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Duluth Lynchings 100 Year Anniversary Marked with Week of Remembrance
MNHS partners with local historians and community leaders for online programs
On June 15, 2020, it will be 100 years since a white mob lynched Elias Clayton, Elmer Jackson, and Isaac McGhie, three black men who had been falsely accused of a crime in Duluth. To mark this anniversary MNHS is holding a week of remembrance June 8-15, 2020.
In the wake of George Floyd’s death and ongoing community unrest, we can look to history to help us build a deeper understanding of this moment—and take inspiration from the stories of the many men and women who have fought for justice and equity.
"Through this remembrance we hope that people will develop greater understanding and empathy for those who suffer the violence of racial persecution,” said Avi Viswanathan, MNHS director of the Department of Inclusion and Community Engagement. “And we hope that people will be inspired to take action and do something to support our communities and make systemic change.”
The week of remembrance runs June 8-15, 2020, and includes:
- June 10, 7 p.m. - Live conversation with Michael Fedo author of "The Lynchings in Duluth" and Augsburg Professor of History Dr. William Green about the history of African Americans in Minnesota and how racism has played out in the state over time.
- June 15, 12:30 p.m. - Premiere of a compilation video featuring perspectives from Minnesota historians, celebrated authors, and prominent community members.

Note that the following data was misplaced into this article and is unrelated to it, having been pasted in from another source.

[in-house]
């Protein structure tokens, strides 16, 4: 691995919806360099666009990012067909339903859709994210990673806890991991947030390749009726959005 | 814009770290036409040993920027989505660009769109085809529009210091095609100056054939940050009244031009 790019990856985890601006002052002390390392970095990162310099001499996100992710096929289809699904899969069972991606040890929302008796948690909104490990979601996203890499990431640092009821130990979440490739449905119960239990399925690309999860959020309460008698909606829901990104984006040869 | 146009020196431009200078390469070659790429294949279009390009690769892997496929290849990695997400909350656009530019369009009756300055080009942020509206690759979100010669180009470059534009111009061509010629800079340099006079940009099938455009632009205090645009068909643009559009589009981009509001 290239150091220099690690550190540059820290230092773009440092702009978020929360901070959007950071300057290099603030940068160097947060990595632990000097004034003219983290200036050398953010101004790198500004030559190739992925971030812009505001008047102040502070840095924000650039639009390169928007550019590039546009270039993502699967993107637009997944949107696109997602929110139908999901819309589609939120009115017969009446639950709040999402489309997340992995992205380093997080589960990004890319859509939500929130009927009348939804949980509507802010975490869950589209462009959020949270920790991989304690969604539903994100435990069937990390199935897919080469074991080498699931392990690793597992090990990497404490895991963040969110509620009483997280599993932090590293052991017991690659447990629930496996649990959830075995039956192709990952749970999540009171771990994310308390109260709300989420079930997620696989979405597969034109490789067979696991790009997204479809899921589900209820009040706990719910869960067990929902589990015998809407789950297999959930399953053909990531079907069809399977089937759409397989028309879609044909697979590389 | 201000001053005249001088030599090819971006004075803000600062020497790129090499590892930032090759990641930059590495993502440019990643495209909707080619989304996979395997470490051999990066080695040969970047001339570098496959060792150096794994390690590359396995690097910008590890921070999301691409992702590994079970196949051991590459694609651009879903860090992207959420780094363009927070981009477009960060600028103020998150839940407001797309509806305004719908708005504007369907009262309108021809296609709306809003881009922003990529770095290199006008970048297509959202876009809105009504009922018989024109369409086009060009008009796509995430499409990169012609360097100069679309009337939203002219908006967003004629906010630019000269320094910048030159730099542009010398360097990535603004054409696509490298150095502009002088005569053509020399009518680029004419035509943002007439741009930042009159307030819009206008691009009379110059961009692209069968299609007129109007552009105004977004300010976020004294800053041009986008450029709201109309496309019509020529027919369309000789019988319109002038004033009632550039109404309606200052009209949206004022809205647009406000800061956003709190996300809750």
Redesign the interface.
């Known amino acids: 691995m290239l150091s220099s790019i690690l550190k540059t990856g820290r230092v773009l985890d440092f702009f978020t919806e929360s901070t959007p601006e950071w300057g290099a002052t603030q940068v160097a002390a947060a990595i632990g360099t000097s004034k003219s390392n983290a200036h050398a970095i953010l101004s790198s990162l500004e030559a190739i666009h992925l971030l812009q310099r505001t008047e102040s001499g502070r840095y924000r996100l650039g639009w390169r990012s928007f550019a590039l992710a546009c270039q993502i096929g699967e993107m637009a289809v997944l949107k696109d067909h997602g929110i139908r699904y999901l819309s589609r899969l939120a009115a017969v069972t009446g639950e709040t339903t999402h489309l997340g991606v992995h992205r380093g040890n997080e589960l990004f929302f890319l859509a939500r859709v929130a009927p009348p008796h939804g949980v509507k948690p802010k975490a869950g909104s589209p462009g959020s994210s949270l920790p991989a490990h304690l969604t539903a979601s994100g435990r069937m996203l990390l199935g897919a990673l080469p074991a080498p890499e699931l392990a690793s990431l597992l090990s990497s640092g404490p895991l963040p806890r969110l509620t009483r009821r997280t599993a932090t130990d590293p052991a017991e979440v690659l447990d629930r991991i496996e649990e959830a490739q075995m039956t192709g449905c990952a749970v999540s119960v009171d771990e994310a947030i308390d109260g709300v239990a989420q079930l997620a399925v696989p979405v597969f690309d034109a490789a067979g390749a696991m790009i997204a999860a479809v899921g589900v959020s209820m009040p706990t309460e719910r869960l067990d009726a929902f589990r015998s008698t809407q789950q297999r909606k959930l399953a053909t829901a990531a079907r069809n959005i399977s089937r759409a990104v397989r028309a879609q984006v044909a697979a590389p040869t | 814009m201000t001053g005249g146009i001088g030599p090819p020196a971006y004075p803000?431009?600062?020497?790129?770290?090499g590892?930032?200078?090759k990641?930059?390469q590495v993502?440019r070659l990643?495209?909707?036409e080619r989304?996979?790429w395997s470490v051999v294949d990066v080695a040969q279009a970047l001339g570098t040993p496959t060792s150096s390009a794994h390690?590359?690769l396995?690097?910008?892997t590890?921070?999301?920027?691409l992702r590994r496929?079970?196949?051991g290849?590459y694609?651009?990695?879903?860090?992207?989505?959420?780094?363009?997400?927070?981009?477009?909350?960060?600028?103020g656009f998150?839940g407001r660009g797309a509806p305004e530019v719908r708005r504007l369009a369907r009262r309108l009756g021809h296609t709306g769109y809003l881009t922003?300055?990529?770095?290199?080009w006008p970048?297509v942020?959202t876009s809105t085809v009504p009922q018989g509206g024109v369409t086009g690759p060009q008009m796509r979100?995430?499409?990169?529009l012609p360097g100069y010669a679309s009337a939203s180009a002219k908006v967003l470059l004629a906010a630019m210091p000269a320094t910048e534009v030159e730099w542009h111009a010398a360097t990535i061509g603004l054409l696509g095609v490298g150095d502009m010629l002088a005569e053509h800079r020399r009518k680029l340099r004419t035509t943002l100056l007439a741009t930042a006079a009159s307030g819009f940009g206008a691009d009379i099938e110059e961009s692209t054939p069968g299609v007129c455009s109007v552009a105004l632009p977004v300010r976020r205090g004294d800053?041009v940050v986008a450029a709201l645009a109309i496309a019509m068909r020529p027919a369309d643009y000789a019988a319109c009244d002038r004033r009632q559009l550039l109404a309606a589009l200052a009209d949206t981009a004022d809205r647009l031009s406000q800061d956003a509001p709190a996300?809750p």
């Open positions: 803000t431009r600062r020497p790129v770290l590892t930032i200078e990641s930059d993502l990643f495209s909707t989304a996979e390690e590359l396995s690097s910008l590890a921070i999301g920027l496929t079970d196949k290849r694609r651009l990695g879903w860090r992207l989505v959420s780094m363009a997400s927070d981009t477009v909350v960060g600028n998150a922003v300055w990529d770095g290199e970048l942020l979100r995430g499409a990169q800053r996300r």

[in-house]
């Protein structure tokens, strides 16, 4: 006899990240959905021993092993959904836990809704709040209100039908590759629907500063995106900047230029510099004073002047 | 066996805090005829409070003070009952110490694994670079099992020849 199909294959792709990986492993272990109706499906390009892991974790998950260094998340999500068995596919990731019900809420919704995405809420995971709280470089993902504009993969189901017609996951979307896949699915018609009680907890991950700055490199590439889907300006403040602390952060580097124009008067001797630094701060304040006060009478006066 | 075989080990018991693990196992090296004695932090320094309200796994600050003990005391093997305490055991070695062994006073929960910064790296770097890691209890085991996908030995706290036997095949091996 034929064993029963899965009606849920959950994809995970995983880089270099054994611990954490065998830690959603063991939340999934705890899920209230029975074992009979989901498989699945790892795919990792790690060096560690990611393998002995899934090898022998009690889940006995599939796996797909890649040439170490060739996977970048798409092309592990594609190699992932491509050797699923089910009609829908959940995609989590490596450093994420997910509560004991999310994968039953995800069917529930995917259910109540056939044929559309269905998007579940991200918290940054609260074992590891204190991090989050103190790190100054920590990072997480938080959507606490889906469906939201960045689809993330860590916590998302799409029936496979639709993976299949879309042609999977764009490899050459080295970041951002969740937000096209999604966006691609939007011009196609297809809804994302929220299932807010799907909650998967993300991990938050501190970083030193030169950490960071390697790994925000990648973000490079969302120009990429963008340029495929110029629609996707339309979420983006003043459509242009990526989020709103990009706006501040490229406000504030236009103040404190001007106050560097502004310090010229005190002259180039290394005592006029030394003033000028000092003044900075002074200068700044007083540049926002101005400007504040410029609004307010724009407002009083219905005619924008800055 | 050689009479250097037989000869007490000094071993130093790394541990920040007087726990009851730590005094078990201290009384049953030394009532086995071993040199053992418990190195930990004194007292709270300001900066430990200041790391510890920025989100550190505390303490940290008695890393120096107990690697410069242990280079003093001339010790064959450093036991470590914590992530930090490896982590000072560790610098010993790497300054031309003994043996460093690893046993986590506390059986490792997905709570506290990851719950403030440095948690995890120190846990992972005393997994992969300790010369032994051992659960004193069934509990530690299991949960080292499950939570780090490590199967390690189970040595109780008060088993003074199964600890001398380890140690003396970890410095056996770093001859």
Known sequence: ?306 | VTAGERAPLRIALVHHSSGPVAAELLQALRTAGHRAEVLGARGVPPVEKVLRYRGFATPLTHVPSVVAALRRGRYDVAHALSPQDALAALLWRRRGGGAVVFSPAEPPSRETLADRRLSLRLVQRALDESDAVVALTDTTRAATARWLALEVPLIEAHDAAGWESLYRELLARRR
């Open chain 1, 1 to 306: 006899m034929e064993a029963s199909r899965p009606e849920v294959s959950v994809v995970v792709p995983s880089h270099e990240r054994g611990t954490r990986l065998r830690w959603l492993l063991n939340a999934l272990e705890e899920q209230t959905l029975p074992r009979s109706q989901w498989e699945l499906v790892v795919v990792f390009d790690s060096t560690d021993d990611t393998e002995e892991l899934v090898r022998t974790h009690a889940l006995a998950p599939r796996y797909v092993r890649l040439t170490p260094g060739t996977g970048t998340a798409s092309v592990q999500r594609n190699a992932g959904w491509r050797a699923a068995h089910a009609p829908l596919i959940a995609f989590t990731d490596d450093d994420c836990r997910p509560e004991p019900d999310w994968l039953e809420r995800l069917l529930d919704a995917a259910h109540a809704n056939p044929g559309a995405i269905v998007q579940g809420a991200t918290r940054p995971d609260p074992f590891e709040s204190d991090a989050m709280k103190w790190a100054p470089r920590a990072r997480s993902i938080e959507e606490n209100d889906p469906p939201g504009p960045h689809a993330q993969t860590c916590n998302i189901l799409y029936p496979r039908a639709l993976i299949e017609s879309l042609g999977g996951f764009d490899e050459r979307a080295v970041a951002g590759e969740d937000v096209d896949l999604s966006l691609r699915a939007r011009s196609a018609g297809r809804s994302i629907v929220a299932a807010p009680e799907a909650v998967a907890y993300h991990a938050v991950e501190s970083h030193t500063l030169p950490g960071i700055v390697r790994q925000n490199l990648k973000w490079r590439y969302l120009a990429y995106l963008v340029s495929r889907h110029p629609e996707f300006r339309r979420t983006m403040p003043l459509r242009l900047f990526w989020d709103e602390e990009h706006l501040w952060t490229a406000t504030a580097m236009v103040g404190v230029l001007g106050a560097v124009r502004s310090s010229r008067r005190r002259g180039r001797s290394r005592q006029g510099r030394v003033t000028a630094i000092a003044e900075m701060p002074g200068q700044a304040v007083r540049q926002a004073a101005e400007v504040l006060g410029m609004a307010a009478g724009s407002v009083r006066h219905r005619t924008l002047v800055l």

- June 8-15 - Daily history social media posts and clips from oral history interviews with black Minnesotans who lived in or near Duluth at the time of the lynchings.
All programs will be presented on the MNHS Facebook page and are free. For more information about the history of the Duluth lynchings, visit www.mnhs.org/duluthlynching.
Additional events organized by the Clayton Jackson McGhie memorial group can be found at claytonjacksonmcghie.org/.
About the Minnesota Historical Society
The Minnesota Historical Society is a nonprofit educational and cultural institution established in 1849. MNHS collects, preserves and tells the story of Minnesota’s past through museum exhibits, libraries and collections, historic sites, educational programs and publishing. Using the power of history to transform lives, MNHS preserves our past, shares our state’s stories and connects people with history. Visit us at mnhs.org.